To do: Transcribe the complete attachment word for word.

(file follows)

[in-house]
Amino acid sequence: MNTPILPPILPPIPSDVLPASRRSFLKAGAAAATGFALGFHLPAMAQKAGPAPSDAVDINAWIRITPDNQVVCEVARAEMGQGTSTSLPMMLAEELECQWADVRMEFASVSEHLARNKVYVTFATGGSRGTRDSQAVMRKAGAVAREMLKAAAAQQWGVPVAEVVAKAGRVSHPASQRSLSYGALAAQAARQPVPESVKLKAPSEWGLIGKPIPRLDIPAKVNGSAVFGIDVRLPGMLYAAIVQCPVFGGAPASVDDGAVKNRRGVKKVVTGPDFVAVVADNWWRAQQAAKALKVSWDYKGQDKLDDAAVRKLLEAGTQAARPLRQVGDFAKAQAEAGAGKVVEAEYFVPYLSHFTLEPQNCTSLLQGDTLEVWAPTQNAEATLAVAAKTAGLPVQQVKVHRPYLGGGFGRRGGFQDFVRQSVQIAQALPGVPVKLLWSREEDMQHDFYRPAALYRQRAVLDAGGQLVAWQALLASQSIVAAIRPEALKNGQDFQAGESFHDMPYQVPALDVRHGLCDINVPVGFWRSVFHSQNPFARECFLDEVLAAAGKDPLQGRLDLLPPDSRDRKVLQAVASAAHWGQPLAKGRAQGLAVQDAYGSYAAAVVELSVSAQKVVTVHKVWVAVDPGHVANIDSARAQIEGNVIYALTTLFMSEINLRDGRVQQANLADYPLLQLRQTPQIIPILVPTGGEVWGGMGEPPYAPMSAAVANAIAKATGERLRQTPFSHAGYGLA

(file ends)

[in-house]
Amino acid sequence: MNTPILPPILPPIPSDVLPASRRSFLKAGAAAATGFALGFHLPAMAQKAGPAPSDAVDINAWIRITPDNQVVCEVARAEMGQGTSTSLPMMLAEELECQWADVRMEFASVSEHLARNKVYVTFATGGSRGTRDSQAVMRKAGAVAREMLKAAAAQQWGVPVAEVVAKAGRVSHPASQRSLSYGALAAQAARQPVPESVKLKAPSEWGLIGKPIPRLDIPAKVNGSAVFGIDVRLPGMLYAAIVQCPVFGGAPASVDDGAVKNRRGVKKVVTGPDFVAVVADNWWRAQQAAKALKVSWDYKGQDKLDDAAVRKLLEAGTQAARPLRQVGDFAKAQAEAGAGKVVEAEYFVPYLSHFTLEPQNCTSLLQGDTLEVWAPTQNAEATLAVAAKTAGLPVQQVKVHRPYLGGGFGRRGGFQDFVRQSVQIAQALPGVPVKLLWSREEDMQHDFYRPAALYRQRAVLDAGGQLVAWQALLASQSIVAAIRPEALKNGQDFQAGESFHDMPYQVPALDVRHGLCDINVPVGFWRSVFHSQNPFARECFLDEVLAAAGKDPLQGRLDLLPPDSRDRKVLQAVASAAHWGQPLAKGRAQGLAVQDAYGSYAAAVVELSVSAQKVVTVHKVWVAVDPGHVANIDSARAQIEGNVIYALTTLFMSEINLRDGRVQQANLADYPLLQLRQTPQIIPILVPTGGEVWGGMGEPPYAPMSAAVANAIAKATGERLRQTPFSHAGYGLA